Facebook (META -0.41%) could be facing a substantial increase in its tax liabilities after closing down its operating unit in Ireland, which was used to shield billions of dollars in revenue from U.S. taxes.
The social networking site was sued by the Internal Revenue Service over the creation of the holding company in 2010, contending Facebook downplayed the value of the assets in a bid to pay lower U.S. taxes. The Times of London reported last week that the holding company paid just $101 million in Irish corporate taxes on $15 billion in profits in 2018, the most recent data available.
According to The Times, Facebook hired liquidators to handle the winding down of Facebook Ireland Holdings Unlimited, Facebook International Holdings Unlimited I, and Facebook International Holdings Unlimited II, and in a statement to the newspaper acknowledged that the move is "part of a change that best aligns with our operating structure."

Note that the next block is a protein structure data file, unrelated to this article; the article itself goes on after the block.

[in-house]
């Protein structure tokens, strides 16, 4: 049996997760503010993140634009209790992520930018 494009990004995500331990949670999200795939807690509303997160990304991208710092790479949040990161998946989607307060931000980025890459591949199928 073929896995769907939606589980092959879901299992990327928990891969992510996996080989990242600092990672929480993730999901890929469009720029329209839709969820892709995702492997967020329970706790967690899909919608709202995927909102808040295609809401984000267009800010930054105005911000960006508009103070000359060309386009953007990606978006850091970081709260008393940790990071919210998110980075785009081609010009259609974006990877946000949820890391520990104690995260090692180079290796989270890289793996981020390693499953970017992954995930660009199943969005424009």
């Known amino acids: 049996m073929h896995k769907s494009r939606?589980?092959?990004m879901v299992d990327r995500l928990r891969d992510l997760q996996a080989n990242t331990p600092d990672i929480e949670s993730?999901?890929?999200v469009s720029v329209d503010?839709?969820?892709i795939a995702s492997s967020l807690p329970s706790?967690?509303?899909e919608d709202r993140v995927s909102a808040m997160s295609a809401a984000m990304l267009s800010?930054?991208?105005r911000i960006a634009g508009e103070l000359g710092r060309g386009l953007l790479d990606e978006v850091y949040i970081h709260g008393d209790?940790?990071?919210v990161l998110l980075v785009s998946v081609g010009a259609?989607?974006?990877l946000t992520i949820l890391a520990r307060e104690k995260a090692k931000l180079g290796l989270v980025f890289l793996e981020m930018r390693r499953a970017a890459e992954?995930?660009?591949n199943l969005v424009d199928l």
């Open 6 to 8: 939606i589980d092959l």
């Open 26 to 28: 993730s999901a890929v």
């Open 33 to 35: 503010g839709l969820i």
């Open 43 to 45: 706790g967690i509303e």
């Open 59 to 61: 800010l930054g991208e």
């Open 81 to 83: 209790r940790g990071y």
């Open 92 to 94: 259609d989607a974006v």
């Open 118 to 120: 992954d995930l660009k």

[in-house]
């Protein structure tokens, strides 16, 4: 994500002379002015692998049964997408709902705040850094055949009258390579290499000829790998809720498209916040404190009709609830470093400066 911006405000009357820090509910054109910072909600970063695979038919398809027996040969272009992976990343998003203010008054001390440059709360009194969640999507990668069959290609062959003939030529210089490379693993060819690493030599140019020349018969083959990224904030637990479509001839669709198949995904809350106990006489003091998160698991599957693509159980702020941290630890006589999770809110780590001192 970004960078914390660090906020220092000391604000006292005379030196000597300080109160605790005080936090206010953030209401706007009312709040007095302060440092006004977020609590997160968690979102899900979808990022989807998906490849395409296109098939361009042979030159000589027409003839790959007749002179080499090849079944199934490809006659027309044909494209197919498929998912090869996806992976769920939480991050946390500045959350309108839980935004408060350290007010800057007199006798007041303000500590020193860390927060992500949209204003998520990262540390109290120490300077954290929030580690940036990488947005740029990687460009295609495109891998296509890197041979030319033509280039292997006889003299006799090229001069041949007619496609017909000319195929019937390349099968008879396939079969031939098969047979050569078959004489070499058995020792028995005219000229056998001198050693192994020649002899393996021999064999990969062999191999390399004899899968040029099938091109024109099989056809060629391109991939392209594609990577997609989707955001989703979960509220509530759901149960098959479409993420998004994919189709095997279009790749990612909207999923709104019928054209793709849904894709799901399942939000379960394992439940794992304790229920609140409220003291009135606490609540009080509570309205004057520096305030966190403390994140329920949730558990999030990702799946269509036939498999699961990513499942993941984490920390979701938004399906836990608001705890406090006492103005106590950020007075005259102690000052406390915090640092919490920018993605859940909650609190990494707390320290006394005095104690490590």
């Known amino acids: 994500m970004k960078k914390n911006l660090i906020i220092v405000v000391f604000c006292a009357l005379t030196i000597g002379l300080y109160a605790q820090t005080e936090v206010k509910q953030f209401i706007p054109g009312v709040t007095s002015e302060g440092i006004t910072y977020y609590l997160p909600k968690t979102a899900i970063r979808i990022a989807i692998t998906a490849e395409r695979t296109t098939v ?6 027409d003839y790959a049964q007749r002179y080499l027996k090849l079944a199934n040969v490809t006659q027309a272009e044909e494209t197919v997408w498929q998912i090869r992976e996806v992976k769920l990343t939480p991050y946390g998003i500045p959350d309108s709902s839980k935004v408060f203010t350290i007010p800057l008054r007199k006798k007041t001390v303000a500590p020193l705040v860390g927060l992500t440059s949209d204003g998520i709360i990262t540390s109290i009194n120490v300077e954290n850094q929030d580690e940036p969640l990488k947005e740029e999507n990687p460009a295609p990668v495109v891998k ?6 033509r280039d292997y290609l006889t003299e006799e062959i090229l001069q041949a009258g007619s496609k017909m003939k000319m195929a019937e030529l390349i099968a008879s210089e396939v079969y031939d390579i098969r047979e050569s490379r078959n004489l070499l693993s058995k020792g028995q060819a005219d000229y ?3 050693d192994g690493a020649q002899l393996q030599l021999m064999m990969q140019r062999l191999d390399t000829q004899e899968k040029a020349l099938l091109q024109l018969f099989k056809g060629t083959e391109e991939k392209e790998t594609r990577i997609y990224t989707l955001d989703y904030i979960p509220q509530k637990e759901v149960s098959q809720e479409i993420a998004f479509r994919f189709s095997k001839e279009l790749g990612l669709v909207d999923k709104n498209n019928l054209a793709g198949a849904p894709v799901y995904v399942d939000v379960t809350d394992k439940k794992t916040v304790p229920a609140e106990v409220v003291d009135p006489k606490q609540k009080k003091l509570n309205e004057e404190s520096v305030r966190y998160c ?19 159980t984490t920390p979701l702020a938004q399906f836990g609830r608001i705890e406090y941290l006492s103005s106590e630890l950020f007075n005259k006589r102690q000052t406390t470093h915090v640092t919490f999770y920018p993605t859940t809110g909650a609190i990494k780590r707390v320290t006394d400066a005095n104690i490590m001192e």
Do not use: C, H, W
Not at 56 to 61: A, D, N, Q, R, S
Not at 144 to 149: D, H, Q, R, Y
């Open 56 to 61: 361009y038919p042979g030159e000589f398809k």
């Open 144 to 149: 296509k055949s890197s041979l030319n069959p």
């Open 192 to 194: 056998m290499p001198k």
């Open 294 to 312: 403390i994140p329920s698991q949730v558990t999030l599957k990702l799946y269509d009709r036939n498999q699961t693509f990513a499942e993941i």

Facebook has reportedly distributed the assets to its U.S.-based operations, a move that actually occurred in July and was done in response to recently enacted and coming tax law changes that have been implemented globally.
The social networking platform generated $55.8 billion in worldwide sales in 2018. But $30 billion, or almost 54% of the total, moved through Facebook International Holdings I, a 39% increase from the year before.
Facebook paid $3.2 billion in total taxes that year, or about 11% of its $25 billion in income.
The Times reports that holding companies like this are structured to pay dividends to the parent organization. Facebook's Irish holding company paid it $14 billion in dividends in 2018.
Some $20 billion in assets have been repatriated to the U.S. as a result of the tech stock's move.